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Keep an eye out for the North American pika

Pronounced ‘PEE-ka’ in imitation of its call, this little rock rabbit exists in many East Kootenay locations – but you just may hear its high-pitched nasal ‘eeeek’ before you see it. About seven to eight inches long, the wee gray beastie with round ears and no tail will sit very still for long periods, almost invisible among the gray rocks, until it suddenly moves.

The North American pika (Ochotona princeps) is quite common in the Canadian Rockies and in some slopes at lower elevations, but it is dwindling rapidly in the American Rockies. Often mistakenly described as rodents, pikas are lagomorphs, similar to hares and rabbits. They live in loose colonies, each with its own home range and storage piles. They are active in daytime and do not hibernate.


Pikas venture out into the nearby vegetation to gather grass, sedges, lichens and many kinds of wildflowers. Making hay while the sun shines in late summer and fall (their ‘haying season’) they make many journeys stashing this green feed in bundles beneath overhanging rocks and in their tunnels. They vigorously defend their piles of winter feed.

Enemies of pikas include hawks, coyotes and eagles,but the most dangerous are weasels, which are able to enter the pika runs. Some pika colonies have been wiped out by weasels. More recently, though, their new enemy is climate change. Pikas are not tolerant of the warming temperatures in their western mountain homes, and have disappeared from more than a third of their previously known habitat in Oregon and Nevada. They can overheat and die if exposed to temperatures over 25 degrees C for extended periods, which is why they spend much of their summer deep in rock piles, or at higher altitudes where food is less plentiful.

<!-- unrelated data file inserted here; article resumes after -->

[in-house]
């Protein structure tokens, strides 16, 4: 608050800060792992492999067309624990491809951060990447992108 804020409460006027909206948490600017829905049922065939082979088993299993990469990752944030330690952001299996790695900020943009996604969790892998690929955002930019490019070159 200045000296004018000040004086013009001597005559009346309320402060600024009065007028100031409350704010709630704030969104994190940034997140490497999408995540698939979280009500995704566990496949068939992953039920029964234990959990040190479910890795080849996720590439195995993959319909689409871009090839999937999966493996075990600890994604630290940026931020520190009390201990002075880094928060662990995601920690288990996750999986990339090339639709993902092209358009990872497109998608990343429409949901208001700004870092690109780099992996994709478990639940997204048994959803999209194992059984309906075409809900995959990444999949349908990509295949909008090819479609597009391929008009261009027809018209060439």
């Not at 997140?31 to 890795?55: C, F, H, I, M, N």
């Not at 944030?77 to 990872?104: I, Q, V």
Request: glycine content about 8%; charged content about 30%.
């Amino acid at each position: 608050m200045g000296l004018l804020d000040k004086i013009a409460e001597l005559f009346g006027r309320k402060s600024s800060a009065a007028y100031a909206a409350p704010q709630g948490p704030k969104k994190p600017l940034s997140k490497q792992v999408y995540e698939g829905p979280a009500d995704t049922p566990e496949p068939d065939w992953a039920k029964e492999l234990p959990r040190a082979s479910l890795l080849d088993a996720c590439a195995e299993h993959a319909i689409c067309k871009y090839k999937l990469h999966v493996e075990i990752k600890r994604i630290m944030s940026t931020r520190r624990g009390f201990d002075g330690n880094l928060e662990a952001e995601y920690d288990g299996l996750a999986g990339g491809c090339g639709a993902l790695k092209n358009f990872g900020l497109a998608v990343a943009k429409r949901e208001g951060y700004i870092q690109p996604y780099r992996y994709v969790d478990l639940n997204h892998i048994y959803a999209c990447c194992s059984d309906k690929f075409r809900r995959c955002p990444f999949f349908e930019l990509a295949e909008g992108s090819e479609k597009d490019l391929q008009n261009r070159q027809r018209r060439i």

You will know where there has been pika activity by the presence of white stains on pika sentry perch rocks, usually under larger overhanging boulders. The urine left on these rocks causes this distinctive white deposit. Another interesting feature is the growth of a bright orange Sunburst lichen (Xanthoria), which gets its nitrogen from the urine. Watch for these white and orange markings on pika sentry perches.

Within the Kimberley Nature Park there have been pika sightings and signs in two locations, both in Horse Barn Valley. In September this year, a search of the rocky slope on the east side of the main Tora Bora trail showed 16 locations where fresh green hay piles have been made. Starting at the south end of the rocky bluff area and working gradually north, past where climbers gather, along the bottom of the rocky slope all the way up to Pika Hollow, there are obvious stores of grass, leaves and even wild raspberry twigs pulled under the rocks. Some consist of a small amount of grass, while others are large deposits. More numerous than expected, these stashes confirm that we have a colony of pika in Tora Bora.

The Talus Trail rock slide location is a conundrum. It seems like an obvious pika colony home, but in more than 25 years of observations I have never seen or heard a pika there. I’ve seen some distinct white-stained sentry perches, but who knows if they indicate recent activity or signs left by a pika 50 years ago?

There are also the remains of four or five ancient, dried-out food stashes along the slide – but nothing showed current activity until 2018, when a large, green hay stash was found at the west end, close to where the trail emerges from the trees. Unfortunately, this stash was not replenished in 2019 or in 2020.

Our little furry friends may be found in rock tunnels elsewhere in the Nature Park, but we don’t know where. September and October are the months to observe them. Please watch and listen for these furry friends while out exploring the park. I would appreciate a note from anyone who notices a pika, or pika haying and storing activity, before the snow flies. Please email me at, or call 250-427-5048.

Photos and text by Struan Robertson

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